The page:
New online report shows health rankings by state and county

Unhealthy counties have more than twice the rate of premature deaths than healthy ones

A new report released Wednesday examines the health and well-being of people living in nearly every county in the United States, and finds that rates of premature deaths are at the lowest level in 20 years. Nevertheless, people in the unhealthiest counties are dying too early at more than twice the rates of those in the healthiest counties, according to the 2013 Health Rankings, published by Robert Wood Johnson Foundation and the University of Wisconsin Population Health Institute.

The report relies on “a robust set of data and analysis that allows counties to see what it is that is making residents sick or healthy, and how they compare to other counties in the same state,” according to a news release issued by the researchers. This is the fourth year of the rankings, published online by RWJF and the University of Wisconsin. The report data helps to lay the groundwork for health improvement efforts of governors, mayors, business leaders and citizens across the country, the groups say.

People are looking for a written report, says a spokeswoman for the organizations, “but the online interactive tool is the report.”

“The County Health Rankings can be put to use right away by leaders in government, business, health care, and every citizen motivated to work together to create a culture of health in their community,” said Risa Lavizzo-Mourey, MD, RWJF president and CEO. “The rankings are driving innovation, unleashing creativity, and inspiring big changes to improve health in communities large and small throughout the country.”

[See also:  Pop health analytics top ACO priority.] 

Although the report only allows for county-to-county comparisons within a state, this year’s rankings show significant new national trends, including:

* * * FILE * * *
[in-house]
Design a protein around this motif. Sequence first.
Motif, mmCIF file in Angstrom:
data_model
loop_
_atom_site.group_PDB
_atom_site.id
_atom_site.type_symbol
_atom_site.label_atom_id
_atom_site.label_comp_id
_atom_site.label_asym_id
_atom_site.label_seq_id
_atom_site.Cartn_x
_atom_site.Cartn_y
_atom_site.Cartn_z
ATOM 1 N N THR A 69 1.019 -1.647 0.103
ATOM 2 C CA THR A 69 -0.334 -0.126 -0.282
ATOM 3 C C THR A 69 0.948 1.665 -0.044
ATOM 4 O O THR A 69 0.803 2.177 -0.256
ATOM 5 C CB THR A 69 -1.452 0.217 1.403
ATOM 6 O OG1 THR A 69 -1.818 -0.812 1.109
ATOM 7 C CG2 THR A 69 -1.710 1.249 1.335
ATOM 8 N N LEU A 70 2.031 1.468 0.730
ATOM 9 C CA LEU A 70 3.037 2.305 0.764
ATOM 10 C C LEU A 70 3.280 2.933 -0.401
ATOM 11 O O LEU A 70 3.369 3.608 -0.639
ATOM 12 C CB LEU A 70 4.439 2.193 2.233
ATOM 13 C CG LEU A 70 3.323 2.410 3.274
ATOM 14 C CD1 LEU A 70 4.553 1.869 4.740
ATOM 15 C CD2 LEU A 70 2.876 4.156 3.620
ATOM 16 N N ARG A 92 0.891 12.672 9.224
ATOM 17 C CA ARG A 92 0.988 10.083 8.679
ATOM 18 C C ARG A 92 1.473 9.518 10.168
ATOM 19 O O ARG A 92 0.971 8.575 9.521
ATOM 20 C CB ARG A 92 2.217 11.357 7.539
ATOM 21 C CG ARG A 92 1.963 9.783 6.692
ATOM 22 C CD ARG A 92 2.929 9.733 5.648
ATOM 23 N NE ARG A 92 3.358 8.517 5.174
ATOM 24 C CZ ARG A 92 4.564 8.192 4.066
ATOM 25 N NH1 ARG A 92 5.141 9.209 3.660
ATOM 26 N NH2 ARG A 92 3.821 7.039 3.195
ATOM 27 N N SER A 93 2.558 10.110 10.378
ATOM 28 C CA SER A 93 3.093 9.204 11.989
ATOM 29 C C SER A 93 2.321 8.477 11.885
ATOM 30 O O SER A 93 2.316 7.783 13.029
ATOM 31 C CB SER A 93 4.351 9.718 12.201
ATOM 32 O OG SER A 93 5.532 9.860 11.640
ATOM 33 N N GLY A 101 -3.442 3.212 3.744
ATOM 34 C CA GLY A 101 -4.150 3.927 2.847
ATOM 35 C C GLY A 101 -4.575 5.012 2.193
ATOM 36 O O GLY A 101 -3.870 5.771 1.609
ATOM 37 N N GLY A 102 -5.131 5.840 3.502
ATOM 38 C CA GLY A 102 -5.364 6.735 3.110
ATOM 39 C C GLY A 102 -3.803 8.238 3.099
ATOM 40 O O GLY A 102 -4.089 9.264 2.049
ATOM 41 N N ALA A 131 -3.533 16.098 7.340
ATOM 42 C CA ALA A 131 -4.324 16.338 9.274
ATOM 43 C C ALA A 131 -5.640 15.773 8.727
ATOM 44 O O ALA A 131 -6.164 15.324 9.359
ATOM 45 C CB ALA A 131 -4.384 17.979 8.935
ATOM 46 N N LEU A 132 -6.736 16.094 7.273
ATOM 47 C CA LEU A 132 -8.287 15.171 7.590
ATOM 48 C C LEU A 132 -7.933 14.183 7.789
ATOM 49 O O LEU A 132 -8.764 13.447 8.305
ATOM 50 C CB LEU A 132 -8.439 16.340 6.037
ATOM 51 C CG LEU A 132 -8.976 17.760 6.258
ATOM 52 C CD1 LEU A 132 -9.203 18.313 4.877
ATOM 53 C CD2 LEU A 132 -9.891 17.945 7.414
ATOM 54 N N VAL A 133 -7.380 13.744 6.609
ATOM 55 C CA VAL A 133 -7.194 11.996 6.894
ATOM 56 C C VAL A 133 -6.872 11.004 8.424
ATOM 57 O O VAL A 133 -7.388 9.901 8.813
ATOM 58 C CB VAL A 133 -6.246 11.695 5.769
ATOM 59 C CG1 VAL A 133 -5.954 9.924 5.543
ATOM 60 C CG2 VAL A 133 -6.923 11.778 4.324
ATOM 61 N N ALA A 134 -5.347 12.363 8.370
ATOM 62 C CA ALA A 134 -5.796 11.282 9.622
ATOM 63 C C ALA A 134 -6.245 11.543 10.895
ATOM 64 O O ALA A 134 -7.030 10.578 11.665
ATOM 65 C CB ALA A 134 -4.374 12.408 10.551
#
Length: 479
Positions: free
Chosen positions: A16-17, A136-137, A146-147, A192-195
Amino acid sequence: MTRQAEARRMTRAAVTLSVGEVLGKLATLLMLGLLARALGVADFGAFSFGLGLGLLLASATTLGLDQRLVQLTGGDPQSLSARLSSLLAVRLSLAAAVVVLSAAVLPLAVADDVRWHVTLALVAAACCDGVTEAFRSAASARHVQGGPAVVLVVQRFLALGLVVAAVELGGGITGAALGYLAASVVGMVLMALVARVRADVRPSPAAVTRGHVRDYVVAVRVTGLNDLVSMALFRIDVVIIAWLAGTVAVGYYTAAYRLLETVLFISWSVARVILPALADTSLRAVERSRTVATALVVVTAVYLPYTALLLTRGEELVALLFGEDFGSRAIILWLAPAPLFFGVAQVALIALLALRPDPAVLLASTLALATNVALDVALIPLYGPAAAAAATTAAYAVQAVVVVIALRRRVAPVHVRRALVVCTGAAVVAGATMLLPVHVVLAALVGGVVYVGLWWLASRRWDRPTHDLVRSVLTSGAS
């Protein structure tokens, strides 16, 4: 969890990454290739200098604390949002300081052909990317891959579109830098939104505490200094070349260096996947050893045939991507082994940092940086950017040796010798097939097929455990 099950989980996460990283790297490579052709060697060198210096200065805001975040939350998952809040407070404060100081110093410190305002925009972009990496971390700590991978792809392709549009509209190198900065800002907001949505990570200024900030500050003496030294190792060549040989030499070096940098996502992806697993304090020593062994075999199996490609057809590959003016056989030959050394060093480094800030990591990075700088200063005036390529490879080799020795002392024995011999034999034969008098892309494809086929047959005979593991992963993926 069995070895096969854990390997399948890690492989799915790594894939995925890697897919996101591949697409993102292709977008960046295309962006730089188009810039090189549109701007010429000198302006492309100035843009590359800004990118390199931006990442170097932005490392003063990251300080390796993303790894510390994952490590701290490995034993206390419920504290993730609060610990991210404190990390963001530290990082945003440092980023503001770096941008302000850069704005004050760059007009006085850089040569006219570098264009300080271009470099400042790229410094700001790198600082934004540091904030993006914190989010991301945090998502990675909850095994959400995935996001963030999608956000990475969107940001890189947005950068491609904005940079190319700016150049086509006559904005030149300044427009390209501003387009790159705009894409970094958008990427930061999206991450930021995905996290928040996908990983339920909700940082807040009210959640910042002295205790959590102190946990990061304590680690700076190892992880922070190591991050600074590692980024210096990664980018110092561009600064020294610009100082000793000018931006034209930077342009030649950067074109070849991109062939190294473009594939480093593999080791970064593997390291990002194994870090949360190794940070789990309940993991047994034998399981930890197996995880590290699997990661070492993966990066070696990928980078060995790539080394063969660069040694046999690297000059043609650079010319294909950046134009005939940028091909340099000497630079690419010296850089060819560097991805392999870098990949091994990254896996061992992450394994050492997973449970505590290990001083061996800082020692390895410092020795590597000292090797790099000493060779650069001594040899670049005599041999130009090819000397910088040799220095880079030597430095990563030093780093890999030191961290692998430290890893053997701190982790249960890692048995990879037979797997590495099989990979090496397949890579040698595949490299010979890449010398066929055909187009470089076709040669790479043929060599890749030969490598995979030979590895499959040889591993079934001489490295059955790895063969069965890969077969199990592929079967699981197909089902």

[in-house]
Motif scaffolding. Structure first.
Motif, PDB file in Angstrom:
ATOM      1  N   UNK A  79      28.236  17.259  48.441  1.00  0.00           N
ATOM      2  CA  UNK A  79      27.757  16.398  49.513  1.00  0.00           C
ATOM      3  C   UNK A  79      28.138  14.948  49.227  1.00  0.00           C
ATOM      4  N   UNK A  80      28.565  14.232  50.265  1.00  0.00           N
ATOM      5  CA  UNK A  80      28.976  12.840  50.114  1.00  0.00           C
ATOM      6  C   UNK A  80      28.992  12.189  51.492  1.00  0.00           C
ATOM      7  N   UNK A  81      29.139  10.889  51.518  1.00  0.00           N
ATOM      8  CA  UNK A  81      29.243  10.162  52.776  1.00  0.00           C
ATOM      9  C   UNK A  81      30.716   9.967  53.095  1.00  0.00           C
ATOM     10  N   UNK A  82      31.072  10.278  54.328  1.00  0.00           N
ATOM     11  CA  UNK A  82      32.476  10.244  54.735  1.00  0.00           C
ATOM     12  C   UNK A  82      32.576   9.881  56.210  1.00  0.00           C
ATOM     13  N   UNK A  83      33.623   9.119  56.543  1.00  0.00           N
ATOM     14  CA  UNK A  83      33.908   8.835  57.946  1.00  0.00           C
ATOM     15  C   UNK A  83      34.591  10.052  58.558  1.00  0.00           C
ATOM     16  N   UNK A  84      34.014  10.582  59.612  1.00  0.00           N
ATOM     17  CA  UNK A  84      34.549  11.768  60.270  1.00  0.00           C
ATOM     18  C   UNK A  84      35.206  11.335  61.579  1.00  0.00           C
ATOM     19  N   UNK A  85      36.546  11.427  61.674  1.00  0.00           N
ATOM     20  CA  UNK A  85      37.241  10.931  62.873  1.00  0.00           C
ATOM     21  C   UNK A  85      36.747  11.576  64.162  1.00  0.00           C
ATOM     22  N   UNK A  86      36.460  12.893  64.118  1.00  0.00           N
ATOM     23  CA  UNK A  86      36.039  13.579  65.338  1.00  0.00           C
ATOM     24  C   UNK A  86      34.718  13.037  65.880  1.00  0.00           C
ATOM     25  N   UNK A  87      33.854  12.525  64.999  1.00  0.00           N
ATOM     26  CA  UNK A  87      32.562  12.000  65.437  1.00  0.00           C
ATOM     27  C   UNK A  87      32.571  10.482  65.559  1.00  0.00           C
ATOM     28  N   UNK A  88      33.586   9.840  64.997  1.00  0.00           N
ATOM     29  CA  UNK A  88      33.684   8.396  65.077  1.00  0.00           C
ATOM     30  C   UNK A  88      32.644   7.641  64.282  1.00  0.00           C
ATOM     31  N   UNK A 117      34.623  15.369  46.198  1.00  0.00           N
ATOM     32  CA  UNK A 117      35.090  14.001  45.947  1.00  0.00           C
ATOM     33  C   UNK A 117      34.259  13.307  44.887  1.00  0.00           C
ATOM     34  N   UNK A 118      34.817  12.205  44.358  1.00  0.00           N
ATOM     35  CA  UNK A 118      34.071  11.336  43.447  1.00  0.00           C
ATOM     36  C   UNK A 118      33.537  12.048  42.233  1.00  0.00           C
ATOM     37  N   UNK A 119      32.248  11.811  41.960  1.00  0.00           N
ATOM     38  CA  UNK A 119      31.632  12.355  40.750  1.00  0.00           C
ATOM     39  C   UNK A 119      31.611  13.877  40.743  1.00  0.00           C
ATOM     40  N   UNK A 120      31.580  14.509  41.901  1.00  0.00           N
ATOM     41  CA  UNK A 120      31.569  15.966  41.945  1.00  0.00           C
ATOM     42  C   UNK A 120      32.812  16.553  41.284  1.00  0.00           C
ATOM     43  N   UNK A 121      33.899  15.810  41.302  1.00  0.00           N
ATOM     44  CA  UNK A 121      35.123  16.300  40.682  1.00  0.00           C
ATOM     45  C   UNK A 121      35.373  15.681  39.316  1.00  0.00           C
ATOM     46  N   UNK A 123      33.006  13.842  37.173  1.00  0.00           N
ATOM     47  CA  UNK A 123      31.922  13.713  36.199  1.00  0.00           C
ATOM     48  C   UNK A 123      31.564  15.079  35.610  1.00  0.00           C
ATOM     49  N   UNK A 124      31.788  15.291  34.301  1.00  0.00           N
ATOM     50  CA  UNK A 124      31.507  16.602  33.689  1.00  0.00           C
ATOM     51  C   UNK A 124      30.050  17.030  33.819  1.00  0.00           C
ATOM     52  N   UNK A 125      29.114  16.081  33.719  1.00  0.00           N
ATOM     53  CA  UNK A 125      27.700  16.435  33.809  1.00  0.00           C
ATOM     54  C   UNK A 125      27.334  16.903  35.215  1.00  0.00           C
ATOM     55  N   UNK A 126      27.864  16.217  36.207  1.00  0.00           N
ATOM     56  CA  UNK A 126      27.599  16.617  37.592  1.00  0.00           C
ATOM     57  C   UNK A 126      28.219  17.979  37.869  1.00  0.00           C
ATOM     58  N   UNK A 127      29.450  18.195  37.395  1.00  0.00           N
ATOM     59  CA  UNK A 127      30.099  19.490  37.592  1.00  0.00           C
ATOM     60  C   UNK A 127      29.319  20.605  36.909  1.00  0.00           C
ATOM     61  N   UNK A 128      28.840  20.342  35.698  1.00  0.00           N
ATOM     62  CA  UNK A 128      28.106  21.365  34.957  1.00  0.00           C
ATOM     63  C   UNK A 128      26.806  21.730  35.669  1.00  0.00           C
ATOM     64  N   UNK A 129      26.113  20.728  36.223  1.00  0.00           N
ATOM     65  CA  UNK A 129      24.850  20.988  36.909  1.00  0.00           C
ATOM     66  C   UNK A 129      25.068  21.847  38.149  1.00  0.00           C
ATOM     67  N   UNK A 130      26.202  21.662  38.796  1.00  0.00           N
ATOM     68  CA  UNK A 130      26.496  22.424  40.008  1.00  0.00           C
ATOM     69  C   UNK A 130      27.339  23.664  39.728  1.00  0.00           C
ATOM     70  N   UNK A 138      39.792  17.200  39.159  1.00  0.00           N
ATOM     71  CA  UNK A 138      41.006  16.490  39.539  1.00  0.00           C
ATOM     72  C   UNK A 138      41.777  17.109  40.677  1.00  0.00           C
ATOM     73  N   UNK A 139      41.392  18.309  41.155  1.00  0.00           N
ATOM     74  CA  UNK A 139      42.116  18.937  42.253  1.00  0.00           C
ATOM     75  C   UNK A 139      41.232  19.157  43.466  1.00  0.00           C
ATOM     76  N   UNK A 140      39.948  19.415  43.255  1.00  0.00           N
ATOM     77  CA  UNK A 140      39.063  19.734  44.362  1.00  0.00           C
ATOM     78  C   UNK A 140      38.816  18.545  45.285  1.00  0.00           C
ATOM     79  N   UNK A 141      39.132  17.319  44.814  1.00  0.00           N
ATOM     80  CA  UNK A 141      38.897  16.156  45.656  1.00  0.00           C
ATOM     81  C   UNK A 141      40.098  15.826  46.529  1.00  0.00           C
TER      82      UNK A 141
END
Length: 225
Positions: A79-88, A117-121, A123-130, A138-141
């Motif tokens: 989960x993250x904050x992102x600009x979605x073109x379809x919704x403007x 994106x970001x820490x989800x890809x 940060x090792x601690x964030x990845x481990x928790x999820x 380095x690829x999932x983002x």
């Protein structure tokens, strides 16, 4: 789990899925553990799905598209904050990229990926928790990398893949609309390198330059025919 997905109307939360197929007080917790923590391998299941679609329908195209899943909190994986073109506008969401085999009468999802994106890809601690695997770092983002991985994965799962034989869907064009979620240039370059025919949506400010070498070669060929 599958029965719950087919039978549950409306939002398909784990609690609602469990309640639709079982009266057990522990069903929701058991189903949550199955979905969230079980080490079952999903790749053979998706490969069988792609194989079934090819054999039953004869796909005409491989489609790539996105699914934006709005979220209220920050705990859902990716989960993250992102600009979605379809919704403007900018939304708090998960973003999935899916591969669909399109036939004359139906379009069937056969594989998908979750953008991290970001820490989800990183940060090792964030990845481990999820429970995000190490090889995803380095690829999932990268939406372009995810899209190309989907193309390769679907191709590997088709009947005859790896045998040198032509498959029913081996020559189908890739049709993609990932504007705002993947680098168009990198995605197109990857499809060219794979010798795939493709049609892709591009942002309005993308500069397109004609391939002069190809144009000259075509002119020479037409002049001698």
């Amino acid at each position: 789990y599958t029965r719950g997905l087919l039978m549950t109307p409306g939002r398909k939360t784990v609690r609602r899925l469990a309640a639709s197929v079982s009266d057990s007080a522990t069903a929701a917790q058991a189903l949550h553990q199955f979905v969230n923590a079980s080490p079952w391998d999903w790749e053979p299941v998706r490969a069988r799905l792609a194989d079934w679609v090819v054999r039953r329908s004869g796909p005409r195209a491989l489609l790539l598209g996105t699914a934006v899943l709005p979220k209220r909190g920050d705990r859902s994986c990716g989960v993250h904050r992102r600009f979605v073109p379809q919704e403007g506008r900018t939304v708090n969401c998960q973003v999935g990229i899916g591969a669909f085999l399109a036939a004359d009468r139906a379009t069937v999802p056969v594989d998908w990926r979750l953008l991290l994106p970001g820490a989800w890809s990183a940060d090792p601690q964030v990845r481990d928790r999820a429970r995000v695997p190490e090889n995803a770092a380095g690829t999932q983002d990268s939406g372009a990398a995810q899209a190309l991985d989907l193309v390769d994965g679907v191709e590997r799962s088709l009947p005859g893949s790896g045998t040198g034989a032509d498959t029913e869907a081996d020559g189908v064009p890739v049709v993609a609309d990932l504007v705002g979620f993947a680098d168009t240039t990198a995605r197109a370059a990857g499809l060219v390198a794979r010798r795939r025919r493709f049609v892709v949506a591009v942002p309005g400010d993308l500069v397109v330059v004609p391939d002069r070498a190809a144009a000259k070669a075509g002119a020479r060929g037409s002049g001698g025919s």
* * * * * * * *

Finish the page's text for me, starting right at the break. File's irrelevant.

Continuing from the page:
• Child poverty rates have not improved since 2000, with more than one in five children living in poverty.
  • Violent crime has decreased by almost 50 percent over the past two decades.
  • The counties where people don’t live as long and don’t feel as well mentally or physically have the highest rates of smoking, teen births, and physical inactivity, as well as more preventable hospital stays.
  • Teen birth rates are more than twice as high in the least healthy counties than in the healthiest counties.
  • Access to healthcare remains an important factor and this year, the report include residents’ access to dentists, as well as primary care doctors.
  • Residents living in healthier counties are 1.4 times more likely to have access to a doctor and dentist than those in the least healthy counties.

Patrick Remington, MD, professor and associate dean at the University of Wisconsin School of Medicine and Public Health says collaboration is critical. “The Rankings are sparking action all over the country as people from all sectors join forces to create new possibilities in health—county by county.”